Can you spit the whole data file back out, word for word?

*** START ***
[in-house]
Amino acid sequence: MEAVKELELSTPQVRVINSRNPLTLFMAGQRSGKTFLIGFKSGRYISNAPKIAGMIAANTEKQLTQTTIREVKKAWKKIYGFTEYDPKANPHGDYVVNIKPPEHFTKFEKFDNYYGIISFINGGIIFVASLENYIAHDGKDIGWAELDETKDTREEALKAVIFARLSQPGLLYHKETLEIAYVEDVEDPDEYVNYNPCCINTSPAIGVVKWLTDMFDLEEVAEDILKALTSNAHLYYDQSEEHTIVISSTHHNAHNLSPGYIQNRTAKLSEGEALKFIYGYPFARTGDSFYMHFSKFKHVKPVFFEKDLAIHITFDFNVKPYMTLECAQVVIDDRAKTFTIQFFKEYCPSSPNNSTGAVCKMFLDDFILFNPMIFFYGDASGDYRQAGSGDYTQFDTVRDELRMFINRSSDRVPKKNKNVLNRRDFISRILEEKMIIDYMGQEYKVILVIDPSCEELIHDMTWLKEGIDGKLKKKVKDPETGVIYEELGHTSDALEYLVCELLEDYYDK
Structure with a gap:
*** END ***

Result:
[in-house]
Amino acid sequence: MEAVKELELSTPQVRVINSRNPLTLFMAGQRSGKTFLIGFKSGRYISNAPKIAGMIAANTEKQLTQTTIREVKKAWKKIYGFTEYDPKANPHGDYVVNIKPPEHFTKFEKFDNYYGIISFINGGIIFVASLENYIAHDGKDIGWAELDETKDTREEALKAVIFARLSQPGLLYHKETLEIAYVEDVEDPDEYVNYNPCCINTSPAIGVVKWLTDMFDLEEVAEDILKALTSNAHLYYDQSEEHTIVISSTHHNAHNLSPGYIQNRTAKLSEGEALKFIYGYPFARTGDSFYMHFSKFKHVKPVFFEKDLAIHITFDFNVKPYMTLECAQVVIDDRAKTFTIQFFKEYCPSSPNNSTGAVCKMFLDDFILFNPMIFFYGDASGDYRQAGSGDYTQFDTVRDELRMFINRSSDRVPKKNKNVLNRRDFISRILEEKMIIDYMGQEYKVILVIDPSCEELIHDMTWLKEGIDGKLKKKVKDPETGVIYEELGHTSDALEYLVCELLEDYYDK
Structure with a gap: